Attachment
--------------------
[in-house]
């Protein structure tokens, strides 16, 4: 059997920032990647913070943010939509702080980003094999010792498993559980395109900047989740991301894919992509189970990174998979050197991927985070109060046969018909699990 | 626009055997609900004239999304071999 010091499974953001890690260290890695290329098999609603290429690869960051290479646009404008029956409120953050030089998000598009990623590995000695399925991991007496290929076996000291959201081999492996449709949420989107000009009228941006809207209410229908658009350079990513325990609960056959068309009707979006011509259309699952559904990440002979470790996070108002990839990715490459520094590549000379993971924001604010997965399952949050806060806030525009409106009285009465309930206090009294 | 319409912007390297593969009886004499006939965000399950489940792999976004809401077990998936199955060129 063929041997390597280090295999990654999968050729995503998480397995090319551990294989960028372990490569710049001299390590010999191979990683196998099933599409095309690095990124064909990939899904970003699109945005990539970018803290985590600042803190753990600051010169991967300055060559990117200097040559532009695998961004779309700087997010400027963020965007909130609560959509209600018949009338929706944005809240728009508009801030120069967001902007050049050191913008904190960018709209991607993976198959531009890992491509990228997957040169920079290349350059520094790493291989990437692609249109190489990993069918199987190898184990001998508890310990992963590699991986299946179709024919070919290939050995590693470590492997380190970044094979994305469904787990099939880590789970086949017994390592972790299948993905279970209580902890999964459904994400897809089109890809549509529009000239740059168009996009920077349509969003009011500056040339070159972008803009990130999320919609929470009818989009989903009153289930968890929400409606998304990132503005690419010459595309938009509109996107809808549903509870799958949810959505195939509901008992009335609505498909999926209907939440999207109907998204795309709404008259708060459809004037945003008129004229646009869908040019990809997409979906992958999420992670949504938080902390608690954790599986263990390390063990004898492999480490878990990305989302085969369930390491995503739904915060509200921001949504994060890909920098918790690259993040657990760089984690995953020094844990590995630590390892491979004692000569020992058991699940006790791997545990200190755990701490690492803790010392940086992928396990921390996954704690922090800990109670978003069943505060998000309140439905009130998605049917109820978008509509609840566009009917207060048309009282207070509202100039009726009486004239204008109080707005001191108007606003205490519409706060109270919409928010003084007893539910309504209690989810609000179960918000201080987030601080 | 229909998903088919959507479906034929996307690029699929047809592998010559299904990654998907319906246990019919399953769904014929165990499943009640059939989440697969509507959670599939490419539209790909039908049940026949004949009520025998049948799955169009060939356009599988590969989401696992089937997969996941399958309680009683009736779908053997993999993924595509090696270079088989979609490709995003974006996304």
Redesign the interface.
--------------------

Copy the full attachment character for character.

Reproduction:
[in-house]
């Protein structure tokens, strides 16, 4: 059997920032990647913070943010939509702080980003094999010792498993559980395109900047989740991301894919992509189970990174998979050197991927985070109060046969018909699990 | 626009055997609900004239999304071999 010091499974953001890690260290890695290329098999609603290429690869960051290479646009404008029956409120953050030089998000598009990623590995000695399925991991007496290929076996000291959201081999492996449709949420989107000009009228941006809207209410229908658009350079990513325990609960056959068309009707979006011509259309699952559904990440002979470790996070108002990839990715490459520094590549000379993971924001604010997965399952949050806060806030525009409106009285009465309930206090009294 | 319409912007390297593969009886004499006939965000399950489940792999976004809401077990998936199955060129 063929041997390597280090295999990654999968050729995503998480397995090319551990294989960028372990490569710049001299390590010999191979990683196998099933599409095309690095990124064909990939899904970003699109945005990539970018803290985590600042803190753990600051010169991967300055060559990117200097040559532009695998961004779309700087997010400027963020965007909130609560959509209600018949009338929706944005809240728009508009801030120069967001902007050049050191913008904190960018709209991607993976198959531009890992491509990228997957040169920079290349350059520094790493291989990437692609249109190489990993069918199987190898184990001998508890310990992963590699991986299946179709024919070919290939050995590693470590492997380190970044094979994305469904787990099939880590789970086949017994390592972790299948993905279970209580902890999964459904994400897809089109890809549509529009000239740059168009996009920077349509969003009011500056040339070159972008803009990130999320919609929470009818989009989903009153289930968890929400409606998304990132503005690419010459595309938009509109996107809808549903509870799958949810959505195939509901008992009335609505498909999926209907939440999207109907998204795309709404008259708060459809004037945003008129004229646009869908040019990809997409979906992958999420992670949504938080902390608690954790599986263990390390063990004898492999480490878990990305989302085969369930390491995503739904915060509200921001949504994060890909920098918790690259993040657990760089984690995953020094844990590995630590390892491979004692000569020992058991699940006790791997545990200190755990701490690492803790010392940086992928396990921390996954704690922090800990109670978003069943505060998000309140439905009130998605049917109820978008509509609840566009009917207060048309009282207070509202100039009726009486004239204008109080707005001191108007606003205490519409706060109270919409928010003084007893539910309504209690989810609000179960918000201080987030601080 | 229909998903088919959507479906034929996307690029699929047809592998010559299904990654998907319906246990019919399953769904014929165990499943009640059939989440697969509507959670599939490419539209790909039908049940026949004949009520025998049948799955169009060939356009599988590969989401696992089937997969996941399958309680009683009736779908053997993999993924595509090696270079088989979609490709995003974006996304």
Redesign the interface.